We were planting soybeans today into a field with a beautiful cover crop of cereal rye. We planted the rye last fall. It grows until winter sets in, then goes dormant and begins to grow again in the spring. By late May the rye is 4 feet tall. The rye keeps the soil from eroding and takes up nutrients from the soil. When we plant the rye dies and returns those nutrients to the soybeans.
We just plant right into the living rye. The rye roots make the soil crumbly and soft, perfect for planting.
This side of the field has been planted.
And this side hasn’t been planted.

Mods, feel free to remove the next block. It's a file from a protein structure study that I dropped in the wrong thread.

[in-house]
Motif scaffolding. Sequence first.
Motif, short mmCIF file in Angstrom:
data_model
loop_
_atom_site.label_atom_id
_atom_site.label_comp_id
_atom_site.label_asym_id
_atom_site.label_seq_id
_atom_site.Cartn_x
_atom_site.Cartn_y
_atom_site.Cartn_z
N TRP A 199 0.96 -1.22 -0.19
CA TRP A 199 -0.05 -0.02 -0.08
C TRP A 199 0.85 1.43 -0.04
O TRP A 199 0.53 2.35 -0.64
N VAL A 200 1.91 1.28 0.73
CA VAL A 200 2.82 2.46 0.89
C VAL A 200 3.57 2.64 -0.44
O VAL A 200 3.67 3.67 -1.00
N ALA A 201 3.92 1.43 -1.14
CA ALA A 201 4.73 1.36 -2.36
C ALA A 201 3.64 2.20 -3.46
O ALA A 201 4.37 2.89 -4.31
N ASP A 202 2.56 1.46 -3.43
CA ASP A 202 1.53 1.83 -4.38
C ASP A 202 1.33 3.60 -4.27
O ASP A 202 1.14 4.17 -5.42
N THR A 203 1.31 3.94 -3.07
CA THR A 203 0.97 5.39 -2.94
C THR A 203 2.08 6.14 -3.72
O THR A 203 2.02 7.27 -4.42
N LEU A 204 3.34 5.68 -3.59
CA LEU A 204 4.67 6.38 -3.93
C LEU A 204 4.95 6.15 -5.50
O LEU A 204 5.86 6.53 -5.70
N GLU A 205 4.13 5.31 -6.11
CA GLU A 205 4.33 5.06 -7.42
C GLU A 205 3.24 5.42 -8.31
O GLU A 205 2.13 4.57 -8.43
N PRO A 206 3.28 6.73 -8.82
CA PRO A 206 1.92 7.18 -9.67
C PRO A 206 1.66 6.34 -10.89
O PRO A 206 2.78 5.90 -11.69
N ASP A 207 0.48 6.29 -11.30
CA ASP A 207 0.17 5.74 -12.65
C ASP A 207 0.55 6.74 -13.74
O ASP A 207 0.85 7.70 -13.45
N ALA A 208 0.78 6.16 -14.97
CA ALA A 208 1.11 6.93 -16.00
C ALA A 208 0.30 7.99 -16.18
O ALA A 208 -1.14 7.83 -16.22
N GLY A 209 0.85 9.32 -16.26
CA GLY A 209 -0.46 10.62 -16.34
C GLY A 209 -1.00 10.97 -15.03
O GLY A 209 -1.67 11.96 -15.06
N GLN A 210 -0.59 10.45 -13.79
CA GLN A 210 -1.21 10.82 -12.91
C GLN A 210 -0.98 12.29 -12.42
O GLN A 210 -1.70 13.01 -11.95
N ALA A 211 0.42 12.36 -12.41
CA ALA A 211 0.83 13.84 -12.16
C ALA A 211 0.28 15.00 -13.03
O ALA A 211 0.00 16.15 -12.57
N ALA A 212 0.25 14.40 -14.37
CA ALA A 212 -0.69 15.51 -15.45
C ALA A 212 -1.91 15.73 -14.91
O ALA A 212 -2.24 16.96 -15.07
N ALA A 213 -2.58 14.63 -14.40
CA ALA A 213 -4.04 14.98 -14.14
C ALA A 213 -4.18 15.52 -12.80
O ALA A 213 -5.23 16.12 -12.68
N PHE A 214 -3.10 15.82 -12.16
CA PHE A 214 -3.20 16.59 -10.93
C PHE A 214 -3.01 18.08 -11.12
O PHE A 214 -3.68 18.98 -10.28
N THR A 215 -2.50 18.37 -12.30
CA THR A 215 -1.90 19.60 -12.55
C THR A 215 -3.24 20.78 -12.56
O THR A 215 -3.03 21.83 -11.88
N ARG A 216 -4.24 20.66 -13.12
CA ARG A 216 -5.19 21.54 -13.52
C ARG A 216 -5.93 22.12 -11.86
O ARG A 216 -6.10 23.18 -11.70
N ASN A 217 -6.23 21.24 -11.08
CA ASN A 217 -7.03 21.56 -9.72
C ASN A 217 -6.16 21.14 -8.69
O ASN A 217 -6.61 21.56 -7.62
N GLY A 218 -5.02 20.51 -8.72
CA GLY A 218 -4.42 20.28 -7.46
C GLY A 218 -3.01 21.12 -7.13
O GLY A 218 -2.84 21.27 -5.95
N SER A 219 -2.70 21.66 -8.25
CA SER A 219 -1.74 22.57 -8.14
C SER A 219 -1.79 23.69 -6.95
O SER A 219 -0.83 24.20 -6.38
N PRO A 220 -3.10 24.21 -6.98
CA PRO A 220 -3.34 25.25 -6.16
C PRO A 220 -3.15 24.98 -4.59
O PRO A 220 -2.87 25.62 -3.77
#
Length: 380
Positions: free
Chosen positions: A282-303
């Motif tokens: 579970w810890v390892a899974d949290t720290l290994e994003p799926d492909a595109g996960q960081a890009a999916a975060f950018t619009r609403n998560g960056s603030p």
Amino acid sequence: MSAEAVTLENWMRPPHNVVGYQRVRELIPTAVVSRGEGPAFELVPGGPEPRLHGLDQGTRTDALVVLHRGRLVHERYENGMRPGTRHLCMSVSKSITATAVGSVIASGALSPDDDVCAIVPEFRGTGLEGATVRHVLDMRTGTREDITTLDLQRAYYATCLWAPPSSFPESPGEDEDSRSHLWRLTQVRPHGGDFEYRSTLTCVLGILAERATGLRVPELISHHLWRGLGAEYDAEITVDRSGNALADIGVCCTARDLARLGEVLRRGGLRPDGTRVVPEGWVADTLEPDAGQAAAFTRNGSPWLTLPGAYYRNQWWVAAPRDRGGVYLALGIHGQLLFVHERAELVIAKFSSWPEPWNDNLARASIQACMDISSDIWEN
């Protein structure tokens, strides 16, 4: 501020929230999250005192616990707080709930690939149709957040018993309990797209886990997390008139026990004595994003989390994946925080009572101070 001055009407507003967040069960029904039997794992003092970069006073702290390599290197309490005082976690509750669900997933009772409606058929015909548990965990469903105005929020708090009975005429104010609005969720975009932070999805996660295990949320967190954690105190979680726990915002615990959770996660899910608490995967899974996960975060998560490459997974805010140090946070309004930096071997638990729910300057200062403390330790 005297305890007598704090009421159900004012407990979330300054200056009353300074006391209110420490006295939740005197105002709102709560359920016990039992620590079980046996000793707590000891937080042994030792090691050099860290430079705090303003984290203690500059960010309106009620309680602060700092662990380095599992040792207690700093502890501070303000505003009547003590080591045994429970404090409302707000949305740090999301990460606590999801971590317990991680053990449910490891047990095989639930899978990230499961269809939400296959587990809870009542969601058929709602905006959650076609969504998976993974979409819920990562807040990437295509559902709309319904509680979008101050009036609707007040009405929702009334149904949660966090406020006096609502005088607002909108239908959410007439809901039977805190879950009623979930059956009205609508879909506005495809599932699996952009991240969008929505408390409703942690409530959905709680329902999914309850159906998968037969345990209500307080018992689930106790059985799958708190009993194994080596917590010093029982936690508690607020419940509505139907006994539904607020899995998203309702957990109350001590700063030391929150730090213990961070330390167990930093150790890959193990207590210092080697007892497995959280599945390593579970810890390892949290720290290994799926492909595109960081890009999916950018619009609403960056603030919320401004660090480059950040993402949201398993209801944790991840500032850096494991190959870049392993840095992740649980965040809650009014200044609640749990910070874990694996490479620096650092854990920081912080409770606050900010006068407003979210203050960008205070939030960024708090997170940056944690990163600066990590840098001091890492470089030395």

That’s what we’re after, to disturb the soil as little as possible. Walking over the planted field it just looks like we drove over the rye and knocked it down. But if you dig in the soil  you’ll find soybeans an inch deep in loose crumbly soil.
Running over the rye kills most of it, a very light application of herbicide will finish off the rest. Dead rye is straw, the same thing you’d use to mulch grass seed when you plant a new lawn. It serves the same purpose in our fields, as mulch it holds moisture and smothers the weeds.
Ray Archuleta, a government conservationist, says, “A tilled field is naked, thirsty, and running a fever.” When you till a field you leave it bare to erosion from wind and water, you dry it out, and you burn up the organic matter in the soil.
Planting into a field of rye is planting into a field that is healthy and bursting with life. And clothed:
It’s that beautiful.
1. As I do, obsessively.